CHARLESTON, W.Va. -- West Virginia University's efforts to offer free legal services, train coal miners, prevent heart disease and provide basic care to the homeless are some reasons why the school earned a coveted community engagement classification from the Carnegie Foundation for the Advancement of Teaching.
WVU is among 6 percent of U.S. higher education institutions that Carnegie recognized for community engagement for 2010.
To apply for the distinction, various WVU employees got together in 2010 and examined the programs the university provides for the community, and how it measures success.
Elizabeth Dooley, associate provost for undergraduate academic affairs, led the committee in its search across colleges, the WVU Extension Service, the Health Sciences Center and more.
"What it really demonstrated for us was a lot of 'wow' moments," Dooley told the Gazette.
Members of the committee were surprised to learn about the outreach that was happening in colleges outside their own, she said.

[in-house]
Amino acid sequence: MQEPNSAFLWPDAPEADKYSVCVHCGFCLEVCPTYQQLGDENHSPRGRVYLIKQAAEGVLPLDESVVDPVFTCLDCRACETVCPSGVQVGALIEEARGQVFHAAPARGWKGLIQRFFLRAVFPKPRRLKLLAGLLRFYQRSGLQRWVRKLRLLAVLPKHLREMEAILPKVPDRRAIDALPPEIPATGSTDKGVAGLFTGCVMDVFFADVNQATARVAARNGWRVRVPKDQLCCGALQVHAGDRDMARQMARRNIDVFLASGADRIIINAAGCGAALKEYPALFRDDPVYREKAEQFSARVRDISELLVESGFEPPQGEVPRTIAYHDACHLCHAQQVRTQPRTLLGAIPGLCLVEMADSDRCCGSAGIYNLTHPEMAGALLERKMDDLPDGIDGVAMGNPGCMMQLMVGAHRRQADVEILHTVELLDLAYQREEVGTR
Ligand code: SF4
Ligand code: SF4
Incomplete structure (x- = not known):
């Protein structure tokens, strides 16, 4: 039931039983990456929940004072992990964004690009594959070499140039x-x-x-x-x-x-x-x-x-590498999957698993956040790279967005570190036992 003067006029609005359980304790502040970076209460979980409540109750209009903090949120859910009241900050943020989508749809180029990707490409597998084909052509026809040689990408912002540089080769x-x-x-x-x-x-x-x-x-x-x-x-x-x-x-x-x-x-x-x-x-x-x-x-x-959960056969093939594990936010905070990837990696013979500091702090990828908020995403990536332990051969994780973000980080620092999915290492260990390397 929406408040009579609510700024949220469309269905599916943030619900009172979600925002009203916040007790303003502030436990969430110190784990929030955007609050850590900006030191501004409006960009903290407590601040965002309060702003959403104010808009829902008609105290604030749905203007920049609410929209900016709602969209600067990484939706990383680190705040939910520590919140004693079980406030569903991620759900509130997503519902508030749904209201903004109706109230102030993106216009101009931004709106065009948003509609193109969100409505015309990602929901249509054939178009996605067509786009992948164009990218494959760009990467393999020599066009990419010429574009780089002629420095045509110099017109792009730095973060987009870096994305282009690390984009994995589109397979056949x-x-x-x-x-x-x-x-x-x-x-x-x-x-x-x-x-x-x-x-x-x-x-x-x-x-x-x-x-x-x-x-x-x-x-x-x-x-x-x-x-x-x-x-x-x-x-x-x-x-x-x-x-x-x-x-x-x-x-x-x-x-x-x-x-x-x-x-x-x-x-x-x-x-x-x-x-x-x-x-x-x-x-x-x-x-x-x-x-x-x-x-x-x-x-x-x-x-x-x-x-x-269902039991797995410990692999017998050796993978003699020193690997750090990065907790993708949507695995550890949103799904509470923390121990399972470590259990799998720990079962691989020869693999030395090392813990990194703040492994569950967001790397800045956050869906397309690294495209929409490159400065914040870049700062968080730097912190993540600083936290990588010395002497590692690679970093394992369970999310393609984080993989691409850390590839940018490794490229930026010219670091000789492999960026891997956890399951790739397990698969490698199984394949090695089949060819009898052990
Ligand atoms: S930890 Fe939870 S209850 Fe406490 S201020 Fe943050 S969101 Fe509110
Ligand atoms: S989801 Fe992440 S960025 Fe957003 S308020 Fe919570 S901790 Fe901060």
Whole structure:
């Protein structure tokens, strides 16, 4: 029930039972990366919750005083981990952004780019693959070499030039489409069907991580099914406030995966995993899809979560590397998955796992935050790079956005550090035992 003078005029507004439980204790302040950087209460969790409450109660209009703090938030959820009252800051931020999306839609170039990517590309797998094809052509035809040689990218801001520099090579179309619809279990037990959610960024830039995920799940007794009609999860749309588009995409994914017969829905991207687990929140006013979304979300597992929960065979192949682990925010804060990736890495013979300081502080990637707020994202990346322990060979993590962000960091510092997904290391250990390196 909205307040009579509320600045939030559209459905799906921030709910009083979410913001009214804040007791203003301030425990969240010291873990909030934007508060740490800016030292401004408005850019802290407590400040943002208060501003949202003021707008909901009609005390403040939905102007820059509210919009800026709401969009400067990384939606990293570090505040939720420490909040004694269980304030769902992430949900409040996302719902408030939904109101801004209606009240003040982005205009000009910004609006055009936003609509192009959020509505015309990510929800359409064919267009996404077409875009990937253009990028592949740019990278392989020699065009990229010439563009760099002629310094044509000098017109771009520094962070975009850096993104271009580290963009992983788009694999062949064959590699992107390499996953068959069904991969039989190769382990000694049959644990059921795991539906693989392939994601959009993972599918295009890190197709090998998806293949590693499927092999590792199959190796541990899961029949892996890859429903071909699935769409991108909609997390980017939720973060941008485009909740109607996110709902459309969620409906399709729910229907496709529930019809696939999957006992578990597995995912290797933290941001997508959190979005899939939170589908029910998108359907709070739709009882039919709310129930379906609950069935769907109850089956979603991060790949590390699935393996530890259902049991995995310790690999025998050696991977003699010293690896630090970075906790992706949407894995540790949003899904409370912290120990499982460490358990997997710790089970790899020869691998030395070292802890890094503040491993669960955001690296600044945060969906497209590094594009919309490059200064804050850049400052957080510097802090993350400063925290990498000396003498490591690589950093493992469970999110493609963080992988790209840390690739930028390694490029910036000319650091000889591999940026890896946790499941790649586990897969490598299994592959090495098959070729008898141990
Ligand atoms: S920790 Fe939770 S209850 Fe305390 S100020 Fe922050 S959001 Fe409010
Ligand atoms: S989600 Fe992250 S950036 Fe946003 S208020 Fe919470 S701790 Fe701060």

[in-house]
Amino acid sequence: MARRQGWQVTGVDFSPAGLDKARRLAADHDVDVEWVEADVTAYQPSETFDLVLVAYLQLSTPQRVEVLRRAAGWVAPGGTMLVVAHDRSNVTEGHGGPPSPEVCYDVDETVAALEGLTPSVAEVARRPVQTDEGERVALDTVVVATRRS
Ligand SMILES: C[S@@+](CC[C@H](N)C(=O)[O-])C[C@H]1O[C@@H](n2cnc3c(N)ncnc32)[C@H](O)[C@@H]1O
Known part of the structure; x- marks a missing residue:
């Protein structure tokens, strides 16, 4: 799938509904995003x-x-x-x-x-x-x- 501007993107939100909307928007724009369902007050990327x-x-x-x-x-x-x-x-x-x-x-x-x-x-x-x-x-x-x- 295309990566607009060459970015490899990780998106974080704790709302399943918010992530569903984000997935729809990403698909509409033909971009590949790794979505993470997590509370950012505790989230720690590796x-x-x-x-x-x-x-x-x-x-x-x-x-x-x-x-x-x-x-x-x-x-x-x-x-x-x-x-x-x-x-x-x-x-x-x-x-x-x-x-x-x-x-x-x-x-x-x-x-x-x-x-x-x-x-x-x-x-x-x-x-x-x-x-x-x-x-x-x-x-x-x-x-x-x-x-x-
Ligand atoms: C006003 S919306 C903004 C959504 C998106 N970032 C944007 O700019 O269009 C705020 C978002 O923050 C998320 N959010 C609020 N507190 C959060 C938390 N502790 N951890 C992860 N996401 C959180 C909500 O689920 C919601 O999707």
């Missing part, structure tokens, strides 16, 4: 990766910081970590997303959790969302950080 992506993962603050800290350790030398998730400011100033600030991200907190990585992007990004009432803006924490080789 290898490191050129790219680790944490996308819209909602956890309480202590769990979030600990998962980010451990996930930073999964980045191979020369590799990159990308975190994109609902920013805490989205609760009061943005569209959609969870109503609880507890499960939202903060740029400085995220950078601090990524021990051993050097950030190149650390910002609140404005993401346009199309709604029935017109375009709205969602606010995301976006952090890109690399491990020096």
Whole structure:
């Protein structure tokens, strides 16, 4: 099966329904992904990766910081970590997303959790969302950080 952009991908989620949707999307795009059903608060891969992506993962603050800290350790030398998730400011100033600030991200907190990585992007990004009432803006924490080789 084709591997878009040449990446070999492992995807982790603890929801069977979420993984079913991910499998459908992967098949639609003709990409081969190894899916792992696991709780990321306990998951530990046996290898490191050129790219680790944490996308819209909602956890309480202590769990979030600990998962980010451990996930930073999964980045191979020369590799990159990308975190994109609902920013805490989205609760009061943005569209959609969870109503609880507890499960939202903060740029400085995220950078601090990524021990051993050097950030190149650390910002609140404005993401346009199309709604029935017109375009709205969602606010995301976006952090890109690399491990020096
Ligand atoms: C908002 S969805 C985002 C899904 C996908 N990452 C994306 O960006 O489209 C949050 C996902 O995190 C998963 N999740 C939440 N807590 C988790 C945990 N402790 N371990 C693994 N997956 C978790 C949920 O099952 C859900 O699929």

"As a land-grant institution, many of the things are inherent in the work," Dooley said. "It's the culture."
Dooley and others saw a breadth of diversity in the university's community outreach. For instance, journalism students captured the stories of aging state veterans through the West Virginia Veterans History Project.
People received legal help through the law school's clinical law programs, while the extension service's "Dining with Diabetes" program offers free healthy cooking advice to residents with diabetes and their family members.
One of the Health Sciences Center's efforts is the West Virginia Rural Health education Partnership, which places young professionals in community health centers across the state.